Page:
The question got asked quite often on the internet lately. Is it possible to mix TTL Flashes with non-TTL manual power flashes or strobes so they sync together? For example, one guy wanted to fire two SB-900s in wireless TTL mode while also triggering an Alien Bee studio strobe at the same time.
The answer is Yes. Since I have only Nikon DSLR and Nikon Speedlight flashes (D200, SB-800, and SB-600), I can only describe what’s possible for people in similar situation. For your particular Camera/Flash brands you will need to decide if this method works for you.
In full manual flash modes, simple optical slaves would work. But Nikon TTL flashes use so-called monitor pre-flashes to determine flash exposure and to communicate with remote flash units. These light pulses will confuse the optical slaves and cause pre-mature firing of the remote flashes. There are also various RF wireless triggers but most transmit only the sync signal unless you spend some hefty amount on TTL-over-RF type wireless triggers.
To make it work, we need to deliver the sync signal to the non-TTL flashes. It is easy if the camera and flash have PC sync ports. Running a PC sync cable between the two is the easiest way. This could be a hassle for many who hates wires. In that case, a cheap set of eBay trigger such as the iShoot PT-04 CN can be used. Just hook up the transmitter to the camera via PC sync cable, then connect the non-TTL flash to the receiver.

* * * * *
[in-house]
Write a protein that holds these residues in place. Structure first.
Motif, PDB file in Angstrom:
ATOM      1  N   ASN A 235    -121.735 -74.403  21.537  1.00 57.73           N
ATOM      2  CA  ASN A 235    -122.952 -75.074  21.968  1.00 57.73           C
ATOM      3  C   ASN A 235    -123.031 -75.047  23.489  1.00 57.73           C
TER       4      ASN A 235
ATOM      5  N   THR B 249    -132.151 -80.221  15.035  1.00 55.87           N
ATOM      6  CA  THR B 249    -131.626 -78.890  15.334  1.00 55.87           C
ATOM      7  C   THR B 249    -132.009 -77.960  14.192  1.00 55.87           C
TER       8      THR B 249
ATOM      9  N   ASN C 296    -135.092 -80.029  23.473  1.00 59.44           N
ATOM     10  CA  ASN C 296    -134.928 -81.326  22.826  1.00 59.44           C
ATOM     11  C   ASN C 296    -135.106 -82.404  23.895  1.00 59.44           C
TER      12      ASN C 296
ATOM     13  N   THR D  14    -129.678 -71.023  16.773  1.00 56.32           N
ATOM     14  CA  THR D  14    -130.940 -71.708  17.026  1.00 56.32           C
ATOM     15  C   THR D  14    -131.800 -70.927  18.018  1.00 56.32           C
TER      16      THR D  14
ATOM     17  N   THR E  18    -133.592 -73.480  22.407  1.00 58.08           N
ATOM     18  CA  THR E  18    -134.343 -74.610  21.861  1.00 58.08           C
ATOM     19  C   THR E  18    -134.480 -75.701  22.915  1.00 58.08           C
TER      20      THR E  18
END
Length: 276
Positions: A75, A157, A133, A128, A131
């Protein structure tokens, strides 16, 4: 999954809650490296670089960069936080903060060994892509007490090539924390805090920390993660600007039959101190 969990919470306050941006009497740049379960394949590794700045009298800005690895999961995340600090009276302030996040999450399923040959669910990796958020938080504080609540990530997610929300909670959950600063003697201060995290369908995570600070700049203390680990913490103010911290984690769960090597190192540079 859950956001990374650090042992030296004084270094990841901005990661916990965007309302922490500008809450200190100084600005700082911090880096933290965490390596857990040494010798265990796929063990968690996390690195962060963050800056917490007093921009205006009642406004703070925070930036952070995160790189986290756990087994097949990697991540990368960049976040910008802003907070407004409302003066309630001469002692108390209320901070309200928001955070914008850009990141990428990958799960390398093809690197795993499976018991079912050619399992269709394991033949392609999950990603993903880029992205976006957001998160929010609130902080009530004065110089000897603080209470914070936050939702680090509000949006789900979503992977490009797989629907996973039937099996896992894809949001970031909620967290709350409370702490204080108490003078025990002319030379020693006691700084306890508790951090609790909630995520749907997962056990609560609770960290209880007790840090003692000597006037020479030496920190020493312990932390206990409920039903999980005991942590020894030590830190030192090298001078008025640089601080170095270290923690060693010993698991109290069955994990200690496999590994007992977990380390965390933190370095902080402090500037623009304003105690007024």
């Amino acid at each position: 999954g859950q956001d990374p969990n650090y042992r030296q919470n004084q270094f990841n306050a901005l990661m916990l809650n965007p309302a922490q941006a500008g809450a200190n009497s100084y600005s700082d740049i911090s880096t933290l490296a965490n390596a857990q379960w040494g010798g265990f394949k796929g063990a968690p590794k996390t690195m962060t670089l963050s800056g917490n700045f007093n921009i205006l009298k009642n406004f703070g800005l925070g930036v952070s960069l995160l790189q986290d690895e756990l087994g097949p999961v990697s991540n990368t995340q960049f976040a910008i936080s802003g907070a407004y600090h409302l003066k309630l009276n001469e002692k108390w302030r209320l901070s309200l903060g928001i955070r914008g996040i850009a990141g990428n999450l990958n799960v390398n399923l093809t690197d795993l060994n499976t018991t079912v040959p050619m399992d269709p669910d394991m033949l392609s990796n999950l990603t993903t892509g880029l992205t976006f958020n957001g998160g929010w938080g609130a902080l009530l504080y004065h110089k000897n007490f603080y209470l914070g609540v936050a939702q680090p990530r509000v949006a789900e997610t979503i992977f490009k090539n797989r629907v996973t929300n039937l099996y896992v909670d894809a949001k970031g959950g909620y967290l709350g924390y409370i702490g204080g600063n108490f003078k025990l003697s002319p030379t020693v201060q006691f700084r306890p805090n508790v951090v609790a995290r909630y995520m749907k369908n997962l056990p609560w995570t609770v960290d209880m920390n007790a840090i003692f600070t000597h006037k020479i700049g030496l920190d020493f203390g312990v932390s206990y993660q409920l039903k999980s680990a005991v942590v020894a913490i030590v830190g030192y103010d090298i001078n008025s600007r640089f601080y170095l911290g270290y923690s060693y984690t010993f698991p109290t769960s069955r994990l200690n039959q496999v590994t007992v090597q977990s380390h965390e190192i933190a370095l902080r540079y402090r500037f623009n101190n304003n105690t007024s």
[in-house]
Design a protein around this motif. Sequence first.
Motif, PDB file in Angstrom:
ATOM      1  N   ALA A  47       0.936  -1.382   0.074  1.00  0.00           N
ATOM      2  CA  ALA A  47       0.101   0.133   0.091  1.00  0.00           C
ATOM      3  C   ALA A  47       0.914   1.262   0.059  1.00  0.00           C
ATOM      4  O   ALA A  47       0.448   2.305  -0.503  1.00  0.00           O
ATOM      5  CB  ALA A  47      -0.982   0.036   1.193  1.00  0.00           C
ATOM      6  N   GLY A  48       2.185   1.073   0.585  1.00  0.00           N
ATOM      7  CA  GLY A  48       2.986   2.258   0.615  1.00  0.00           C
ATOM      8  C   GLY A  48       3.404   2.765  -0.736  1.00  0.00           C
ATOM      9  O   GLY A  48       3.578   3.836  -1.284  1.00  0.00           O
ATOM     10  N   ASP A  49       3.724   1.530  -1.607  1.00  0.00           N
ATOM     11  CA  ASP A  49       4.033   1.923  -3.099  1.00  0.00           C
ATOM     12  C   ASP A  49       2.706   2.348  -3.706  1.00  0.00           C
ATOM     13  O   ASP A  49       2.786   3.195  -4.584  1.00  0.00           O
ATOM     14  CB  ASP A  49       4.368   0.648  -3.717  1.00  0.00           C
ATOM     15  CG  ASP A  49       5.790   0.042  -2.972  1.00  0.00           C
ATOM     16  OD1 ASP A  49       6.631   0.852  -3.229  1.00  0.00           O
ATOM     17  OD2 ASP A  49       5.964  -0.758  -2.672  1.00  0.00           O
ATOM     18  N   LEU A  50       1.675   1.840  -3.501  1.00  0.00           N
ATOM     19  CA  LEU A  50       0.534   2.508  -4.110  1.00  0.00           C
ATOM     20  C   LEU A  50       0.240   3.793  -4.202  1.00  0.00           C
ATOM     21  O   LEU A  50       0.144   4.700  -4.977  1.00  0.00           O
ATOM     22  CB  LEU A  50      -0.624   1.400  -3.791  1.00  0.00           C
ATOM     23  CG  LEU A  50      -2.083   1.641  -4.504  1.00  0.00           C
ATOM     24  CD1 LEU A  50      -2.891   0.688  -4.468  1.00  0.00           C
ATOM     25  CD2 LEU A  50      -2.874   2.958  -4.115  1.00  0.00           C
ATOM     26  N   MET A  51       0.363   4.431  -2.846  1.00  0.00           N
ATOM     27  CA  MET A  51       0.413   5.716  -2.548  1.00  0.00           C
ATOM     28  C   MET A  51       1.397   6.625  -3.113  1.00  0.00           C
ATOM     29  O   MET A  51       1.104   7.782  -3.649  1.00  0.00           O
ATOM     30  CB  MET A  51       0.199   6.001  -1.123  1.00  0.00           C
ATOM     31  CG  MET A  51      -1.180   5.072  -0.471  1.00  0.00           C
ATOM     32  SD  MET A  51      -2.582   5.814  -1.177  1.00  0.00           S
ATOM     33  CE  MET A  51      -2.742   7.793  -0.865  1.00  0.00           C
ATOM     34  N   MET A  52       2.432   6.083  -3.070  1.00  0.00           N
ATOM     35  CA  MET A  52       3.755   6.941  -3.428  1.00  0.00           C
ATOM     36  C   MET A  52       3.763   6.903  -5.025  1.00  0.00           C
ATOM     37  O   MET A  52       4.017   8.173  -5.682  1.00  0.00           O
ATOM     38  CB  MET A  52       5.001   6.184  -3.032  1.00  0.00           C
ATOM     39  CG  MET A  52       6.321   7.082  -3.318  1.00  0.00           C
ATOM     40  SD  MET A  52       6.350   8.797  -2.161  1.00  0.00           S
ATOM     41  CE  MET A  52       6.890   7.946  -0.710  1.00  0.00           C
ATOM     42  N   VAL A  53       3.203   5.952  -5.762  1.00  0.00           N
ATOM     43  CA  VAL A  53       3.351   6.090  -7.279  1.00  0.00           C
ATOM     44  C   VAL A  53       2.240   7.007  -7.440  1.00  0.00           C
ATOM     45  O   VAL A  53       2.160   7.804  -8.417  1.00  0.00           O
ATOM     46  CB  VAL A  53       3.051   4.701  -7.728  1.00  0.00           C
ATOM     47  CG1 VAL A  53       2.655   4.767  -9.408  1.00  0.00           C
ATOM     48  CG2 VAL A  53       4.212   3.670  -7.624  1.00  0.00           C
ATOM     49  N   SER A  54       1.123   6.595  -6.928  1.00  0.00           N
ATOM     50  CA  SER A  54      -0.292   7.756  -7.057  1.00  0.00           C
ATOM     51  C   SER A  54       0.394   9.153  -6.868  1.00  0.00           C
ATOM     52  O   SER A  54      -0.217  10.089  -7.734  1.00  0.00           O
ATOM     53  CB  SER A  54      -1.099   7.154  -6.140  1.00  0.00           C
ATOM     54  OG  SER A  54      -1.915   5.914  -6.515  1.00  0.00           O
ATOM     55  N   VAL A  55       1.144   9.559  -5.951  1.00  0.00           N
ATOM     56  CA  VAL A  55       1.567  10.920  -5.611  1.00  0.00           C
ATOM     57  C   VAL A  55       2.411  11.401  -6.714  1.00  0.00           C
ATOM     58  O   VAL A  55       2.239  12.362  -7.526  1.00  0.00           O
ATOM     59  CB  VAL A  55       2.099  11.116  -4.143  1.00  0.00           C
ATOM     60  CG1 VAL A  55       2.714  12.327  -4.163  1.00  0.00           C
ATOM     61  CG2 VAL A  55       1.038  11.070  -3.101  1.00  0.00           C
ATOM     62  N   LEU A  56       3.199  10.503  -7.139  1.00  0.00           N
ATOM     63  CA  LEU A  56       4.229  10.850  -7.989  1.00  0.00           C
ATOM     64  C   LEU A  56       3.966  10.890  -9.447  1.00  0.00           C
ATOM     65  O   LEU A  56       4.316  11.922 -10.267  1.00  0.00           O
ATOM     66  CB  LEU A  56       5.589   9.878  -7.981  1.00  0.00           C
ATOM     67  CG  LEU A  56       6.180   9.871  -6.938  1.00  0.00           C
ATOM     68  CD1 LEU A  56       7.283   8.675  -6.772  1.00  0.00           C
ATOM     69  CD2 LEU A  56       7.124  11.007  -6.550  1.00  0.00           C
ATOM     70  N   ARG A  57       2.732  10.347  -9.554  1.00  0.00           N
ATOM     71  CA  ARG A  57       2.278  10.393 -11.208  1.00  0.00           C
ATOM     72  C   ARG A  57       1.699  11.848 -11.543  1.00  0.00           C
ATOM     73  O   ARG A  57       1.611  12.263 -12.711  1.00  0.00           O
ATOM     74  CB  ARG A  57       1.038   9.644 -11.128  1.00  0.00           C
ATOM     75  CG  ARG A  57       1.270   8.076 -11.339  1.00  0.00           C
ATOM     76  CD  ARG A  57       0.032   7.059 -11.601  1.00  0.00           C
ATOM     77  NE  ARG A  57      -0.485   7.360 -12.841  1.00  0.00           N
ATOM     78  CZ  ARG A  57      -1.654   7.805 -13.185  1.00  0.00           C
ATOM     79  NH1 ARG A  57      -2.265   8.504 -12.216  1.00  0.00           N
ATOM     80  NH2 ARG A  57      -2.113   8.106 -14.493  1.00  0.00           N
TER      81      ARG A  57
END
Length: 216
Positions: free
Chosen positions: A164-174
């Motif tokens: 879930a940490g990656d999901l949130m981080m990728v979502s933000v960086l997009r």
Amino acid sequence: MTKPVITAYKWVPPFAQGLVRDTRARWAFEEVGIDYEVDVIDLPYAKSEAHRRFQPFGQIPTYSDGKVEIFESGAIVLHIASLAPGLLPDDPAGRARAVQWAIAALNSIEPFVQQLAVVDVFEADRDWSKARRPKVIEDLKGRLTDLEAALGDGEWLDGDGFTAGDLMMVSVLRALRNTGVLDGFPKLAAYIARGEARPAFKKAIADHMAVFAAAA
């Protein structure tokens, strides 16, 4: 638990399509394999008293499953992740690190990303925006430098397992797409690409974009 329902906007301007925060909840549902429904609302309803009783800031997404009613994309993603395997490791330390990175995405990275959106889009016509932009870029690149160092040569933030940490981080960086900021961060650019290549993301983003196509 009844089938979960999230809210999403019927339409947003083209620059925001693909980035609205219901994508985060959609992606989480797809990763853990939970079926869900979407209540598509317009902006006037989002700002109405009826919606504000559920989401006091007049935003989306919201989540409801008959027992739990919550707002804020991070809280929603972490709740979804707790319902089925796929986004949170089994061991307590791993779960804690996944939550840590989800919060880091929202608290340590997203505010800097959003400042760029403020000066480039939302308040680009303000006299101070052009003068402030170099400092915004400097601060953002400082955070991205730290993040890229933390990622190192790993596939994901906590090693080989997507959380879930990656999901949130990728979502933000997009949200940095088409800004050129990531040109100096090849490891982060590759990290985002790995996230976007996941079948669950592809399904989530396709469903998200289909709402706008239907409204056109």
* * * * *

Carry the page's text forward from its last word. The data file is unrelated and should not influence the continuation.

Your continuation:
However one thing about the Nikon DSLR camera is very strange. If you are thinking about firing the TTL flashes using the built-in flash as a commander unit, forget about it. It won’t work! The reason is that there is no sync signal when the built-in flash is popped up! It has to be down. To work around this problem, you can use a SU-800 commander unit or use one of the Nikon CLS compatible flash as a commander unit. If you need all flashes off the camera, you will need to wire one Nikon CLS compatible flash via a TTL sync cord (SC-28 or SC-29) as a commander and also contributing to exposure.
What about the cameras that do not have a PC sync port, such as D40, D40x, D50, D60, D70, D70S , D80, D90, D3000, D5000? You will need to add a PC sync port to the camera. If you are brave enough, you can probably achieve this by opening up the camera and drilling a hole somewhere. But you can also try to get the so-called TF-322 Nikon i-TTL Flash Hot Shoe to PC Sync Socket Convert Adapter (available on eBay). This little device basically passes all electrical signal of the flash hotshoe through and adds a PC sync port. A regular hotshoe to PC adapter such as the Nikon AS15 Synch Terminal Adapter will not work because it takes away the hotshoe.
What does mixed TTL and non-TTL flash mode offer compared to the all-manual flash setup that can be easily accomplished using cheap eBay triggers? For people who like to use TTL, this helps them to use additional lights that are not compatible with TTL. The TTL flash should also handle mobile subjects much better because the distance between subject and lights are not constant. In those cases, the TTL flash can provide the main source of lights while the non-TTL flashes can be used for background.
Keywords: eBay Triggers, Flash Modes, Flash photography, non-TTL, PC sync, TTL, Wireless triggers